February 13, 2013 at 16:13 PM EST
Market Wrap-Up for Feb.13 (GE, CMCSA, LO, CLF, DE, DPS, more)

The markets appeared to like the early news from retail sales data out this morning, but stocks did pull back from earlier highs.

Some of the bigger movers in todays market included deal names as well as earnings plays. In the deal space, both shares of Comcast (CMCSA) and General Electric (GE) finished higher as we see the rare move where both buyer and seller are higher. Comcast announced they will be buying the remaining 49% stake in NBC Universal from General Electric they don’t already own. On top of that news, Comcast management announced it was raising the company’s dividend.

Elsewhere we had shares of tobacco play Lorillard (LO) move higher on their earnings beat and dividend raise. The news wasn’t as good for Cliffs Natural Resources (CLF), which announced an earnings miss as well as a big dividend cut. We have always been wary when it comes to commodity names and their dividend payouts. Back in late 2008, early 2009, we saw a slew of payout cuts hit the sector, bringing share prices down significantly. Finally, earnings results also had names like Deere & Co. (DE) and Dr. Pepper Snapple Group (DPS) lower, although DPS did announce a dividend hike.

Don’t Let Numbers (Price) Keep You From Making Wise Financial Decisions

When it comes to investing and financial success, people often let numbers (specifically price) influence their investments, whether it’s from a personal or business standpoint. Here are the most common errors that often lead to subpar results.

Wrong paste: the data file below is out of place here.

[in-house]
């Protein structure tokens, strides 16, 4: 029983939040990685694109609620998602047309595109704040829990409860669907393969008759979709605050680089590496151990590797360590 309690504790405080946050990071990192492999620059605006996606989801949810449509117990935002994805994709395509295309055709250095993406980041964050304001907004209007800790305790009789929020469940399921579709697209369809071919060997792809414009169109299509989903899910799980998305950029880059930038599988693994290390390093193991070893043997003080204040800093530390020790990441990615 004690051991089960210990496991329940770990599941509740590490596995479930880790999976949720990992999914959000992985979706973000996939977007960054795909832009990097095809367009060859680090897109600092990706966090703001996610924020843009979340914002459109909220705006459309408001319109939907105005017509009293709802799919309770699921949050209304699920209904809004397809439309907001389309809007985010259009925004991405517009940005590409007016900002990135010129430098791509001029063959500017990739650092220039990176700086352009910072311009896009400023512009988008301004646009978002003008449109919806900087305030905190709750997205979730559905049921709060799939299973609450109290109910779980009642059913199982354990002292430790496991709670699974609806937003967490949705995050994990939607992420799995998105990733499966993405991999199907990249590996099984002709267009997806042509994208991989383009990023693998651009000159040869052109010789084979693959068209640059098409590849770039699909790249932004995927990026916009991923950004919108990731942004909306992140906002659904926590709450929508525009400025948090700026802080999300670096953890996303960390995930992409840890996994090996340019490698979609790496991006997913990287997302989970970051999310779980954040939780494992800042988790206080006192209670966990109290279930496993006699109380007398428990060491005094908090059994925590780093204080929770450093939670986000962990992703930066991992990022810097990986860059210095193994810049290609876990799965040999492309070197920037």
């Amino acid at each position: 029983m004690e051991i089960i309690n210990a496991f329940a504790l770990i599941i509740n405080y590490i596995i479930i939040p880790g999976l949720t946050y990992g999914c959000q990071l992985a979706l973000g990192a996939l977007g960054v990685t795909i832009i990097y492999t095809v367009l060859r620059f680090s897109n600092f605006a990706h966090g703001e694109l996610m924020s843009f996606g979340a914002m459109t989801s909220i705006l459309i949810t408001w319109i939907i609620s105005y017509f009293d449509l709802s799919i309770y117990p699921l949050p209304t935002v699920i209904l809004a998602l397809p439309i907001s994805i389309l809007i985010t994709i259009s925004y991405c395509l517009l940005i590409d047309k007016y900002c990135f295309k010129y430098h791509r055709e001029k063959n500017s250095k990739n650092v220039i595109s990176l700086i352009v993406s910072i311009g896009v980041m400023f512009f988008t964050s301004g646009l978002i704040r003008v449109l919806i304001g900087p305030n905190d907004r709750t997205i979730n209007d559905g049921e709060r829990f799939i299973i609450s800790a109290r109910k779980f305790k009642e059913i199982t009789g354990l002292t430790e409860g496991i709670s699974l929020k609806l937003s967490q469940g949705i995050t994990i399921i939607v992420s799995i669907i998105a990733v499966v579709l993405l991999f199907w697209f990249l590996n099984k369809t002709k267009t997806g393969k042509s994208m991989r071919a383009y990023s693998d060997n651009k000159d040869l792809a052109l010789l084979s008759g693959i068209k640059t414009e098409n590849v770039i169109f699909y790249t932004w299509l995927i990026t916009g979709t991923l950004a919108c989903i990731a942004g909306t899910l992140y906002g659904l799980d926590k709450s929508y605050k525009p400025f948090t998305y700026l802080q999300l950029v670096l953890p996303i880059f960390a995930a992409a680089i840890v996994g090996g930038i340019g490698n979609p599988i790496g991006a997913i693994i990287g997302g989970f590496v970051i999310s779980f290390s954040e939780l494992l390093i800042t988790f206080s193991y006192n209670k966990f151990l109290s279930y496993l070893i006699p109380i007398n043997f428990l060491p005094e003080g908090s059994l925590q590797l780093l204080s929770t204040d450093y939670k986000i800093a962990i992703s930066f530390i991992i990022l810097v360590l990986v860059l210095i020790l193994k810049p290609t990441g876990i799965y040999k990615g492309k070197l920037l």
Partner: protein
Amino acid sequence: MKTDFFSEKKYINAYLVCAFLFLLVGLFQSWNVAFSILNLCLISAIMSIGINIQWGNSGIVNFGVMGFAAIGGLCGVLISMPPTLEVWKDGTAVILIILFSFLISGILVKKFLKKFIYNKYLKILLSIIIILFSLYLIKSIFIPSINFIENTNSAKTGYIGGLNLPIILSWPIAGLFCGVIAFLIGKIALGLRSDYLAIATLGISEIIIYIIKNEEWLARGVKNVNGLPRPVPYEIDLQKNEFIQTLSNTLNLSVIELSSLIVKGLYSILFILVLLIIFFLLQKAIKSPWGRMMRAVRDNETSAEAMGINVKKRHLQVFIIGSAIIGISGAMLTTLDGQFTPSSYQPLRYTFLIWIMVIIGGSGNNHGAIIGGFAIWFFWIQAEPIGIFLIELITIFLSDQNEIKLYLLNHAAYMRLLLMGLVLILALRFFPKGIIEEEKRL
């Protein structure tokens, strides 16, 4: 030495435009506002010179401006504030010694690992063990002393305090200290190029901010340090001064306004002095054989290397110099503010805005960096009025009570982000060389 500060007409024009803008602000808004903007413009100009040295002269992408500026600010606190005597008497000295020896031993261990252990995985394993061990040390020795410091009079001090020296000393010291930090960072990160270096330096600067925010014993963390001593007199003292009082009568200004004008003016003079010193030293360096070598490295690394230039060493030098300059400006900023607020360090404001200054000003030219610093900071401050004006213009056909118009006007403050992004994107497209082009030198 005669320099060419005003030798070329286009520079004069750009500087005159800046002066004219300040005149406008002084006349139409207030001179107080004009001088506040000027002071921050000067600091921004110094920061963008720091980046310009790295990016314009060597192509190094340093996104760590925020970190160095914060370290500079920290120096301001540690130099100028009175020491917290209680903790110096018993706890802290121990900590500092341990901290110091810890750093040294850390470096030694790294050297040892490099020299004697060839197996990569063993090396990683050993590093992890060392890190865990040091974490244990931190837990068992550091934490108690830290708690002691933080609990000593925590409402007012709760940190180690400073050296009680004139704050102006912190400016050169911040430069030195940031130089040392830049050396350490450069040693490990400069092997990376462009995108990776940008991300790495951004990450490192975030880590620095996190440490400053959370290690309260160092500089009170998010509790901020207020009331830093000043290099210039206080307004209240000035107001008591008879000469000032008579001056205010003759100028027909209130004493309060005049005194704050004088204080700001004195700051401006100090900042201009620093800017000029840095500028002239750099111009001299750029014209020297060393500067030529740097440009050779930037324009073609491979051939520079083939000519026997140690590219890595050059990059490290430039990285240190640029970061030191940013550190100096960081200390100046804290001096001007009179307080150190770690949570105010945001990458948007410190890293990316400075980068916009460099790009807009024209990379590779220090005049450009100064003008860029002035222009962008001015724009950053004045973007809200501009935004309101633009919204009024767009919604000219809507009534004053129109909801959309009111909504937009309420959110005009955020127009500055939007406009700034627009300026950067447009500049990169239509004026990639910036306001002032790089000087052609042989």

• “I only buy stocks that cost less than $20 per share”
    There is an overwhelming feeling of confidence for some reason when someone can own more shares of a cheaper, lower-quality stock, rather than owning less shares of a stock that has great ability to move consistently higher.
  • “I only buy stocks that yield 7% or more”
    The rule any dividend investor should realize is that the higher the yield, the bigger the risk the stock may be an underperformer. There are some special cases where that doesn’t apply, but for the most part, stocks with high dividend yields are probably too risky for a conservative investment portfolio.
  • “If I sell the stock now, I will get hit with higher capital gains taxes”
    This sentiment rang true back in the early 2000′s as traders would often watch big profits in tech names slip away. Why? Out of fear of paying capital gains. Most watched gains evaporate, eventually turning into years of taking losses against any capital gains they were still able to get from other stocks in their portfolio.
  • “The market has gone up too much for me to buy, I’ll wait for a 10% correction”
    Now I’m the last guy to preach about anyone needing to chase the markets higher, but most healthy markets don’t factor on having huge swings up and down. A healthy market (which has been the case for the last few years) will rally, pull back some, and then proceed to move higher. What really happens with rules that investors claim they will abide by is that they don’t stick to them. The market may drop 10%, but then an investor could expand the zone to thinking the markets may even fall further. Then when it rallies, they sit there frozen. Anyone who has been consistently been putting money to work in quality dividend payers over the years has seen great results. While the markets can easily correct, the idea is to get away fro timing the markets and instead look to put money to work in the best ideas possible each and every month.
  • “I don’t like buying stocks hitting new highs, they’ve already made their move”